1. Laser ultrasonics evaluation and testing of coated HTR nuclear fuel

    NASA Astrophysics Data System (ADS)

    Amziane, Ahmed; Amari, Mohamed; Mounier, Denis; Breteau, Jean-Marc; Joly, Nicolas; Edely, Mathieu; Larcher, Maxime; Noiré, Paul; Banchet, Julien; Tisseur, David; Gusev, Vitalyi

    2011-05-01

    Laser ultrasonics was applied to the manufacturing control of the quality and integrity (no failure) of coated spherical particles designed for High Temperature Reactors (HTR). The coating of the nuclear fuel kernel is designed to prevent from the diffusion of fission products outside the particle during reactor operation. The quality assessment of the coating layers is of major importance. Using laser ultrasonics, we determined the vibration eigenmodes of dummy HTR particles. The vibration spectrum of a HTR particle provides a non-destructive method of evaluating some important mechanical parameters of the coating. Moreover, without damaging the particle, the laser ultrasonics technique allows to test the presence of a crack in the SiC layer, through the observation of the particle vibration spectrum, which is significantly changed, compared to that of a defect-free particle. We applied nanosecond acoustic pulses, i.e., high frequency laser-generated ultrasound, to measure the acoustic velocity of longitudinal waves the SiC layer. This technique provides an alternative method of evaluation of the Young modulus of the SiC layer. We measure the velocity of surface acoustic waves (SAW) on a pyrocarbon layer cross-section and we demonstrated that the anisotropy of the internal pyrocarbon layer can be evaluated by laser ultrasonics.

  2. An implementation of signal processing algorithms for ultrasonic NDE

    SciTech Connect

    Ericsson, L.; Stepinski, T. [Uppsala Univ. (Sweden). Dept. of Technology, Circuits and Systems

    1994-12-31

    Probability of detection flaws during ultrasonic pulse-echo inspection is often limited by the presence of backscattered echoes from the material structure. A digital signal processing technique for removal of this material noise, referred to as split spectrum processing (SSP), has been developed and verified using laboratory experiments during the last decade. The authors have performed recently a limited scale evaluation of various SSP techniques for ultrasonic signals acquired during the inspection of welds in austenitic steel. They have obtained very encouraging results that indicate promising capabilities of the SSP for inspection of nuclear power plants. Thus, a more extensive investigation of the technique using large amounts of ultrasonic data is motivated. This analysis should employ different combinations of materials, flaws and transducers. Due to the considerable number of ultrasonic signals required to verify the technique for future practical use, a custom-made computer software is necessary. At the request of the Swedish nuclear power industry the authors have developed such a program package. The program provides a user-friendly graphical interface and is intended for processing of B-scan data in a flexible way. Assembled in the program are a number of signal processing algorithms including traditional Split Spectrum Processing and the more recent Cut Spectrum Processing algorithm developed by them. The program and some results obtained using the various algorithms are presented in the paper.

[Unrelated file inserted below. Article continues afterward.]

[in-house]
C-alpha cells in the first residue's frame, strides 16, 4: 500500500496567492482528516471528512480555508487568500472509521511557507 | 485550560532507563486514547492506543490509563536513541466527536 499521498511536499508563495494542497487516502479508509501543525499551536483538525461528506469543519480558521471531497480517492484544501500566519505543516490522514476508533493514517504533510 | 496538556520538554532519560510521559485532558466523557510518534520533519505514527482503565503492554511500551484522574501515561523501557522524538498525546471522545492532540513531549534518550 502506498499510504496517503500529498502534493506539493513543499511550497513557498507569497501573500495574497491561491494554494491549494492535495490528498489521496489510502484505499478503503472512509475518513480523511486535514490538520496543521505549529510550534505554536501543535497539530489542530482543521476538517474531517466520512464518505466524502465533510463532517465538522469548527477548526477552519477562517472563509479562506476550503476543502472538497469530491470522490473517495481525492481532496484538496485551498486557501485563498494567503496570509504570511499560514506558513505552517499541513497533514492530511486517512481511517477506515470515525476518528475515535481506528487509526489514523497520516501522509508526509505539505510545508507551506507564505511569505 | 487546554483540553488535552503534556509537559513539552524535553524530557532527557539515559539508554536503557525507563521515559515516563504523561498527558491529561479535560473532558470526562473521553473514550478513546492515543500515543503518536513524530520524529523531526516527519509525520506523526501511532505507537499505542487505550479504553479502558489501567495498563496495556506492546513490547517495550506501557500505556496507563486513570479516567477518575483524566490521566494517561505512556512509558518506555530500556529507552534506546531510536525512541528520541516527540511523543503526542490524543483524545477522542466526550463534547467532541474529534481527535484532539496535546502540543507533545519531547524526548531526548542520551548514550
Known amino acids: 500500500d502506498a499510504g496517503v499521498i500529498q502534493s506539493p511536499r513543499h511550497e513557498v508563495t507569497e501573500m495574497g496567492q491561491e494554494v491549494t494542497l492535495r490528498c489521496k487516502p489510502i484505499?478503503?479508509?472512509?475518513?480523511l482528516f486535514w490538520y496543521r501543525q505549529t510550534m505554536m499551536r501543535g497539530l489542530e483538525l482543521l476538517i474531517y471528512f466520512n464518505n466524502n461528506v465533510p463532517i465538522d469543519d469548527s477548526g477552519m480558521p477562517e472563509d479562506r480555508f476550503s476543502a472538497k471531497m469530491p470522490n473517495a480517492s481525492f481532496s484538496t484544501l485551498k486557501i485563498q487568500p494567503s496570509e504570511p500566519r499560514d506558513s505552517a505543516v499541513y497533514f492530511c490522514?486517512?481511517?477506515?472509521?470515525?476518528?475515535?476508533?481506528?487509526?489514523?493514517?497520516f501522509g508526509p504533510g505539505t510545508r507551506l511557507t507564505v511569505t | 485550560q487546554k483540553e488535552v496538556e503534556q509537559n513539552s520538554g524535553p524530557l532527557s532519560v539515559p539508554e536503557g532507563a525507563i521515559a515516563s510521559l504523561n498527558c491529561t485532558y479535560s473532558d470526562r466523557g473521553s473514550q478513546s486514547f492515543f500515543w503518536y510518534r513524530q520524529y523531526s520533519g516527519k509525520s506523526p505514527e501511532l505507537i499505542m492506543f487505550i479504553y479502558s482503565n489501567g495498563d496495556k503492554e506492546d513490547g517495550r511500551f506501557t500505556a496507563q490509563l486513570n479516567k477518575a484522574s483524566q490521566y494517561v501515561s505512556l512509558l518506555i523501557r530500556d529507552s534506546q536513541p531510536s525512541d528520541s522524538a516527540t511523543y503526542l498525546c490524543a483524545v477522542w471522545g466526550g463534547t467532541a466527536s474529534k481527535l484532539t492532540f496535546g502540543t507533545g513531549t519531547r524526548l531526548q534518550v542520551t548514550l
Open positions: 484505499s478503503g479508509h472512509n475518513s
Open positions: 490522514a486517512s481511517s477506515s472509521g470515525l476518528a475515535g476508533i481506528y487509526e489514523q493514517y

3. Structural damage identification based on laser ultrasonic propagation imaging technology

    NASA Astrophysics Data System (ADS)

    Chia, Chen-Ciang; Jang, Si-Gwang; Lee, Jung-Ryul; Yoon, Dong-Jin

    2009-06-01